I’m back from a hiatus at my north woods retreat, and there’s a bit to catch up on. For now, however, I’m wondering what has really changed in terms of the economy since Trump took office seven months ago. Let me begin by sharing a recent experience.
My wife and I stopped into a small restaurant in Boulder Junction, Wisconsin for dinner one evening earlier this week. Boulder Junction is a tiny town in Vilas County in northern Wisconsin, a popular vacation area frequented mostly by folks from Chicago and Milwaukee. A polite Asian lady, speaking broken English, seated us and told us the waitress would take our order shortly. Upon ordering, the waitress assured us that our order would be prepared as we had requested. It wasn’t. When we complained, the waitress – without even offering to make it right – apologized and explained that there was a “language barrier” in the kitchen. A language barrier in Boulder Junction! I couldn’t believe it.
Another old lodge that we visit for dinner is staffed with waiters and waitresses from Lithuania. They just can’t find reliable help in the north woods of Wisconsin, they explain. However, another restaurant just up the road seems to have no problem.
I know what’s going on here. These little businesses don’t have the wherewithal to recruit foreign laborers. So how do they get them? While I can’t provide proof, I’m certain that the Chamber of Commerce is importing foreign labor and pushing them on these businesses, or making them available at rates so cheap that these businesses don’t even have to bother with trying to hire locally. So, when it comes to Trump’s promises to stop these kinds of practices, there’s no evidence that anything has changed.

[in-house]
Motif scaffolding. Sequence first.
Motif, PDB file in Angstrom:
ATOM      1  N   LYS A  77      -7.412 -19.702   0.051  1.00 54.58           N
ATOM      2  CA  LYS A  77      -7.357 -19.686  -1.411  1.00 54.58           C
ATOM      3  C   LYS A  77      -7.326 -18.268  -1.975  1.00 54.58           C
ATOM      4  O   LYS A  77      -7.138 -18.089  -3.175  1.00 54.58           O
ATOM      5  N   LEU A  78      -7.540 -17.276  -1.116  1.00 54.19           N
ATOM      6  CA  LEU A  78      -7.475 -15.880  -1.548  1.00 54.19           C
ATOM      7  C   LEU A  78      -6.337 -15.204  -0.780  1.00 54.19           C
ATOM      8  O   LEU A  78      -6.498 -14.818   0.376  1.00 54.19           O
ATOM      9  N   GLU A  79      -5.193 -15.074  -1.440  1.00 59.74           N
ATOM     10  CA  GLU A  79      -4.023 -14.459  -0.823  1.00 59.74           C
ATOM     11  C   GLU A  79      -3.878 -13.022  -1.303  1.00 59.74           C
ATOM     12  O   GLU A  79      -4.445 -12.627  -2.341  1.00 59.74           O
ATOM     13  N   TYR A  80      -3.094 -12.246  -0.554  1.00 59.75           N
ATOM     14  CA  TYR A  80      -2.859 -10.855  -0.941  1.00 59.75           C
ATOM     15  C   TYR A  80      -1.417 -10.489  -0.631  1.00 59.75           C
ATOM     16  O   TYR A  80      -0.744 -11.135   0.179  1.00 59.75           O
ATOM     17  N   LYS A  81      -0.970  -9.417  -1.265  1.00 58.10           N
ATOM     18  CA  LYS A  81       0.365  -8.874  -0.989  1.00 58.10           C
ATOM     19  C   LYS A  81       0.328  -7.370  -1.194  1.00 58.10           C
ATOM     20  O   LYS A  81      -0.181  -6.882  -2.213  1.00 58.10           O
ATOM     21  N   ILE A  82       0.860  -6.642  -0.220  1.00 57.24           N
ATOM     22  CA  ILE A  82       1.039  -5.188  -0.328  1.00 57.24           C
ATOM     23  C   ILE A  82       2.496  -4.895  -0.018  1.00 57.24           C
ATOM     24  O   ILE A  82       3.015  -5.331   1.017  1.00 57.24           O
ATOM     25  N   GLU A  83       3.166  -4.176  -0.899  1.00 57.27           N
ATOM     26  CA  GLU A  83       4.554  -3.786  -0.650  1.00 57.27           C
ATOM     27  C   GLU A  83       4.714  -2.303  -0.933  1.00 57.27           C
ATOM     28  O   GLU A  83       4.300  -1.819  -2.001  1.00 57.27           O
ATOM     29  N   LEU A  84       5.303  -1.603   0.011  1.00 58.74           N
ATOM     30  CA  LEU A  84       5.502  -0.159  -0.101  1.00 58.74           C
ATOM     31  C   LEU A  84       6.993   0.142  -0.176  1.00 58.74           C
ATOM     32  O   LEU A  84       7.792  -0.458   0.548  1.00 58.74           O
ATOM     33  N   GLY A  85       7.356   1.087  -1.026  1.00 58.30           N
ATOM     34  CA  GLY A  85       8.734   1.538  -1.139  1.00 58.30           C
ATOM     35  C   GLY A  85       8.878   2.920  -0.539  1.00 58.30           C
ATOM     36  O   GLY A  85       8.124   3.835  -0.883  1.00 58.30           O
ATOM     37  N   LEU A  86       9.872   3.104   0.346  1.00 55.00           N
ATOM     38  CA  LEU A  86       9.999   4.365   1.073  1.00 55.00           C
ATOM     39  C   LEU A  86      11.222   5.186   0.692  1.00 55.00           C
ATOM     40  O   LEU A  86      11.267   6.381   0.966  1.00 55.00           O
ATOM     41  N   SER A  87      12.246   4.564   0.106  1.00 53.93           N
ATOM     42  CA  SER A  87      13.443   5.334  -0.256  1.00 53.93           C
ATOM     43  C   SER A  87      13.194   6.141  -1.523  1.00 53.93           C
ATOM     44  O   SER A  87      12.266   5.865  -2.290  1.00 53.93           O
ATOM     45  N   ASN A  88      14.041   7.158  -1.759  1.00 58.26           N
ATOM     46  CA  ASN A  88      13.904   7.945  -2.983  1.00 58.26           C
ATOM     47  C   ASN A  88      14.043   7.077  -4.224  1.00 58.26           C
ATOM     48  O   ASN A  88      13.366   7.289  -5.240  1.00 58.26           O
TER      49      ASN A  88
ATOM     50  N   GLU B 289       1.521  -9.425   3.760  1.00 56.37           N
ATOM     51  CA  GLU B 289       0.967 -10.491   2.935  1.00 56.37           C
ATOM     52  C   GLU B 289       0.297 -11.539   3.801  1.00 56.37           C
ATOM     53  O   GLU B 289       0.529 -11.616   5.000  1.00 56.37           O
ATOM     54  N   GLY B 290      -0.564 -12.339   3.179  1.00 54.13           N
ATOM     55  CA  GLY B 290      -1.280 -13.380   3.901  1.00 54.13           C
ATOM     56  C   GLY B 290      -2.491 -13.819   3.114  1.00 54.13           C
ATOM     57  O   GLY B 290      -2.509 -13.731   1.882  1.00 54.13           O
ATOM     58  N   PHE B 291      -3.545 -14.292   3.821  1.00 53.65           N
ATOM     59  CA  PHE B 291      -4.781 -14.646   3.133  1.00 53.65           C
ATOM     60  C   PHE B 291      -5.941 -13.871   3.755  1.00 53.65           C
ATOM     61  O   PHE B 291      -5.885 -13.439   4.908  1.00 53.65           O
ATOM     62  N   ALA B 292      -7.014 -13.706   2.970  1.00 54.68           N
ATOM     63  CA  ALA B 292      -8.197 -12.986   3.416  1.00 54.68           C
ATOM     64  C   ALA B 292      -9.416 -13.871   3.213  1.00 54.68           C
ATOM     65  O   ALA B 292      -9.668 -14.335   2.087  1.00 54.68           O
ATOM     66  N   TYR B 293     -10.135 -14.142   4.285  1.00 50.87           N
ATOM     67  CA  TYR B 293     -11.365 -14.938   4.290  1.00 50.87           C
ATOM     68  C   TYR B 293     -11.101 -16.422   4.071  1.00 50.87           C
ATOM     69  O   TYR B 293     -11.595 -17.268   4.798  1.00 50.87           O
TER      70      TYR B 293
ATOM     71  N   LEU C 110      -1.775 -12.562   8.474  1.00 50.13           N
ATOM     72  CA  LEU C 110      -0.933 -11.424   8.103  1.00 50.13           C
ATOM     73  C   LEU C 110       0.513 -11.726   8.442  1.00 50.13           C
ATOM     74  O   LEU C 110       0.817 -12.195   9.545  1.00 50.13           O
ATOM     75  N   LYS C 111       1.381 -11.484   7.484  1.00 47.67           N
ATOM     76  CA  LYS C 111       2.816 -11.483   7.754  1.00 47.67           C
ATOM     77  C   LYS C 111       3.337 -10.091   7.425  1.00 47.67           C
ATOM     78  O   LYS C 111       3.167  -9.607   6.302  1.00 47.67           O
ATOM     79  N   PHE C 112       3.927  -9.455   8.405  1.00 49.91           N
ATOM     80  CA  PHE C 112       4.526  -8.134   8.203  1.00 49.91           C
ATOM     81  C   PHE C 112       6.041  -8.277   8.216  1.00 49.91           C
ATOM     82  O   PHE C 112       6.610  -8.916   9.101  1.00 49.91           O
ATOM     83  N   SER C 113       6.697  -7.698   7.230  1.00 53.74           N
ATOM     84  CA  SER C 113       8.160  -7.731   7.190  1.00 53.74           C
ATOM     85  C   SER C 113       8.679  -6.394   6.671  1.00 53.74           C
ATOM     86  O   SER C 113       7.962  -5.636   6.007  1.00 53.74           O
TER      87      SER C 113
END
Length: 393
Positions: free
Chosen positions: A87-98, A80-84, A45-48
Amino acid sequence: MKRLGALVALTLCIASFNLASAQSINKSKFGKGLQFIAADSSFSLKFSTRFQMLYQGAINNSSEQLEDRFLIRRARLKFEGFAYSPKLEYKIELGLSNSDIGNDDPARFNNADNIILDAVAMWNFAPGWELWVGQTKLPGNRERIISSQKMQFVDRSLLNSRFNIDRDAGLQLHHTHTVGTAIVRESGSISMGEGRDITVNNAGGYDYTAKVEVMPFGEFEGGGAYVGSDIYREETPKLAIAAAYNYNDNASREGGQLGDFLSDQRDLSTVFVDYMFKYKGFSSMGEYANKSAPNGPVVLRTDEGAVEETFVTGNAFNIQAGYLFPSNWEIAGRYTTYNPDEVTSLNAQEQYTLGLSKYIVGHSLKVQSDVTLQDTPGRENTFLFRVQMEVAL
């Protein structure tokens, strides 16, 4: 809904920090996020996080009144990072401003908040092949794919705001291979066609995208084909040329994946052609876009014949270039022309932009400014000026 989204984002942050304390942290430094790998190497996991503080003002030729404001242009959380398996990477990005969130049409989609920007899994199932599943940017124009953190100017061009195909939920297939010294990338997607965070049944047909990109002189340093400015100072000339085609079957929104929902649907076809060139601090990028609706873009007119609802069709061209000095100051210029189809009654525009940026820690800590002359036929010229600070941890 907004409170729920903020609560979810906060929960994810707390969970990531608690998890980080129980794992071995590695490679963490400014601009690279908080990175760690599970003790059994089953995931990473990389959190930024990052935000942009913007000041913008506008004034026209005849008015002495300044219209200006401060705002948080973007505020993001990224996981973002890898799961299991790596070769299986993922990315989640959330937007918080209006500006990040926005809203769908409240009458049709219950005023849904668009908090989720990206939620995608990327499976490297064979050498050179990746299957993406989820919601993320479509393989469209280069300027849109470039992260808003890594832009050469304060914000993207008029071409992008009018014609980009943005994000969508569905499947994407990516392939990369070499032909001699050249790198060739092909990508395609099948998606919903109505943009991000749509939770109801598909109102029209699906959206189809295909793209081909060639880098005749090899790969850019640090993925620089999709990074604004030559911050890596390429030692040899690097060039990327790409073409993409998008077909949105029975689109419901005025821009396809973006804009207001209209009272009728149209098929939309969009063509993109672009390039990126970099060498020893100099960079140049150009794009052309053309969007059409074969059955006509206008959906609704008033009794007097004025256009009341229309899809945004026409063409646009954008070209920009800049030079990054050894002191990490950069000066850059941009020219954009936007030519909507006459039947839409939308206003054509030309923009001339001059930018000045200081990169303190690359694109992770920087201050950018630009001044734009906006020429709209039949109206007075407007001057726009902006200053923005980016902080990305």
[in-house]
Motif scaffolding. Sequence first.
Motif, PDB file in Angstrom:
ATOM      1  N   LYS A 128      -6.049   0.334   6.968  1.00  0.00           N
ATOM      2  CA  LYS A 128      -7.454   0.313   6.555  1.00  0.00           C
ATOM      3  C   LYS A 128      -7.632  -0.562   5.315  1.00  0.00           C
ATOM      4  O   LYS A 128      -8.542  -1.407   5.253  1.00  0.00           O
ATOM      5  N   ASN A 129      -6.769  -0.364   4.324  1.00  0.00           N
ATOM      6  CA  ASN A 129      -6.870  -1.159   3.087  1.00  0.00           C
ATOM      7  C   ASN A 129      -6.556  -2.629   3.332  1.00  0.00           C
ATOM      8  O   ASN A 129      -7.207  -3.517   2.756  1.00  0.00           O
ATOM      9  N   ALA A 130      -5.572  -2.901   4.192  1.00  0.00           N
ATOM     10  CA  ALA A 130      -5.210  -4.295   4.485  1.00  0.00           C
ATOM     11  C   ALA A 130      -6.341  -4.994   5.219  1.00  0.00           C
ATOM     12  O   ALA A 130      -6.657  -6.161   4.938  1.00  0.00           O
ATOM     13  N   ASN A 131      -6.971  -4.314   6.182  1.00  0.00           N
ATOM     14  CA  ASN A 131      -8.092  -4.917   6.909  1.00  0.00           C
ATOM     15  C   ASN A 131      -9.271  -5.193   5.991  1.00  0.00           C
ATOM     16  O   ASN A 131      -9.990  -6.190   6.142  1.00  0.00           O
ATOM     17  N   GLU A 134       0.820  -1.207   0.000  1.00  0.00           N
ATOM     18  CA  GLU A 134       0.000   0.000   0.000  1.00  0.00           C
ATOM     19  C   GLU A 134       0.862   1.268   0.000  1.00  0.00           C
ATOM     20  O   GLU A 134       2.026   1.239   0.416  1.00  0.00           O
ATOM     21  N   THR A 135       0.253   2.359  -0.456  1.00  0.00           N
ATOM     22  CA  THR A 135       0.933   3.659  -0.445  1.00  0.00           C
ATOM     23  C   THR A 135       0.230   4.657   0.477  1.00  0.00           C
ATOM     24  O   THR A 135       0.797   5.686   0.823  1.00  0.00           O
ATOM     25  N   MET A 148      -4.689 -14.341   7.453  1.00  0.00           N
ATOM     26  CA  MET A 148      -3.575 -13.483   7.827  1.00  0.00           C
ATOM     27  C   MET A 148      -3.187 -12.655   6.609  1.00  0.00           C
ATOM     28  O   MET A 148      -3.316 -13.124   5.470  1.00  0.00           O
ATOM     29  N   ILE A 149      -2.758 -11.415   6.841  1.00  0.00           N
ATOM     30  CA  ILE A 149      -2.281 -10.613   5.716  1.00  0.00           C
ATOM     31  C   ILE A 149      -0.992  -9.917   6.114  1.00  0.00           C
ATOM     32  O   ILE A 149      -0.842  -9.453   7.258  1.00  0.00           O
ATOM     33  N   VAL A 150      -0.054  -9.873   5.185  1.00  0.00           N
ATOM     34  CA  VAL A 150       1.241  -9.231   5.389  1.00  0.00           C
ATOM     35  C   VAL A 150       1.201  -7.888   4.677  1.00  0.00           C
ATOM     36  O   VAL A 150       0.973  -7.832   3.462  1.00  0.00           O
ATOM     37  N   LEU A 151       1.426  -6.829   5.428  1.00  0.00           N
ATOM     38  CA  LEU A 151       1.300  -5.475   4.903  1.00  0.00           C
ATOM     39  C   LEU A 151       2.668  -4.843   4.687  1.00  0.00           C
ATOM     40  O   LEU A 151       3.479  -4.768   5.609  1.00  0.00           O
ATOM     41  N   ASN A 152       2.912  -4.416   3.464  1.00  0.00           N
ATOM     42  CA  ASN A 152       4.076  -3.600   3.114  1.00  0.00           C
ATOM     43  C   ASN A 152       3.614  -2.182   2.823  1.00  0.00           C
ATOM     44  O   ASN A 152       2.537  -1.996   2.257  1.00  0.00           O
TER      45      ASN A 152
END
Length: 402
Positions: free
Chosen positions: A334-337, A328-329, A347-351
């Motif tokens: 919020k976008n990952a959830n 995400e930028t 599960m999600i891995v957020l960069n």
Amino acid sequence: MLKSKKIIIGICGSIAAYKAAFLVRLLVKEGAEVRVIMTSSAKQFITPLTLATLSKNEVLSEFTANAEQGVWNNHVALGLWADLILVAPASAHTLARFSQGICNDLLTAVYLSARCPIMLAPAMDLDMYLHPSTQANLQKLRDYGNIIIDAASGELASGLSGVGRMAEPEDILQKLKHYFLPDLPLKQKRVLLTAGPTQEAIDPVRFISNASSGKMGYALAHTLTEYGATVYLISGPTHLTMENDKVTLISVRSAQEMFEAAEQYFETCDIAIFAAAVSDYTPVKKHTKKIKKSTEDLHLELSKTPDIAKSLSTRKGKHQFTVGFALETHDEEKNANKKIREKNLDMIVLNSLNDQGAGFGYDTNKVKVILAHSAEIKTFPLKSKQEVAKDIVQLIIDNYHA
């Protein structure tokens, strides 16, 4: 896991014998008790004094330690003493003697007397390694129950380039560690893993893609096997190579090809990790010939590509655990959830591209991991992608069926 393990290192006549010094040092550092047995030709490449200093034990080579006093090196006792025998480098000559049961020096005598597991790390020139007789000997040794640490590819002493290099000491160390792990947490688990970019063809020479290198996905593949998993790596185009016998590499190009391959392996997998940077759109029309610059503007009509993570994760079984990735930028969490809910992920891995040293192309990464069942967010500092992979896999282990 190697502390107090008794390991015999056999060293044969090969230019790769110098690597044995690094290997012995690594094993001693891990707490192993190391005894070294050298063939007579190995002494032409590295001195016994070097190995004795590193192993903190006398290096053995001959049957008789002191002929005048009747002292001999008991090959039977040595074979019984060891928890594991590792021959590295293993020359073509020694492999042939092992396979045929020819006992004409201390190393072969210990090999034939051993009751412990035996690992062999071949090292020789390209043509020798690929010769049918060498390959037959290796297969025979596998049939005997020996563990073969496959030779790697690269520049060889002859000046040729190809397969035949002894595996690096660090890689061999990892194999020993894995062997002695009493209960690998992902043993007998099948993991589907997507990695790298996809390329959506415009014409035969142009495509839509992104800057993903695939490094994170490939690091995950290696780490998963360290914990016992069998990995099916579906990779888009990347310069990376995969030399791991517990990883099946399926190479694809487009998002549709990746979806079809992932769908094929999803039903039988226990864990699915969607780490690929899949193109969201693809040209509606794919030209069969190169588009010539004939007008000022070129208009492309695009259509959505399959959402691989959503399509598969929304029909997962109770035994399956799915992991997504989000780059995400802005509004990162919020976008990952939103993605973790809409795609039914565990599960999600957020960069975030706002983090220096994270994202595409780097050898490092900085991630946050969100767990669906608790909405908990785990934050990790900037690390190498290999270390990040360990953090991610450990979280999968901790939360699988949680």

Changing gears, the Commerce Department released the June trade figures last week. Here’s a chart that shows the balance of trade in manufactured goods: Manf’d Goods Balance of Trade. As you can see, it continues on the same downhill trajectory that it’s been on throughout the Obama administration. In fact, in the 2nd quarter of 2017, the deficit in manufactured goods set a new record of $185.6 billion. In other words, contrary to Trump’s inaugural vow that:
“… rusted out factories scattered like tombstones … stops right here and stops right now!”
matters have actually gotten worse. While the Trump administration is currently involved in renegotiating NAFTA and in negotiations with the Chinese, and the U.S. negotiators are reportedly taking a much harder line in these negotiations, I’m very pessimistic that any improvement in our balance of trade will result. Why? Because there’s nothing to negotiate. The ONLY thing that will make a difference in America’s favor is tariffs, something that no nation would agree to in “negotiations.” Anything they will agree to will be totally unenforceable and any attempts to enforce them would be met with whining and, more importantly, a cut-off in funding of candidates unless they pressure the Trump administration to back off of enforcement actions. These same kinds of negotiations have been tried and have failed for decades. Most recently, Obama’s deal with South Korea, which he hailed as a “big win for American workers,” has actually proven to be a disaster.
In the meantime, the “new normal” economy that emerged during the Obama administration, in the wake of the Great Recession, goes on. GDP growth remains stuck in the 1-2% range, wages are stagnant and job growth (when viewed in the context of the “100,000 jobs is the new zero” economy) is anemic at best. The economy is being kept afloat by deficit spending (up 10% so far this year), a once-again growth in credit and an inflated stock market. The illusion of good times isn’t going to last.
I’m growing impatient with the Trump administration’s dithering on these issues. Can you tell?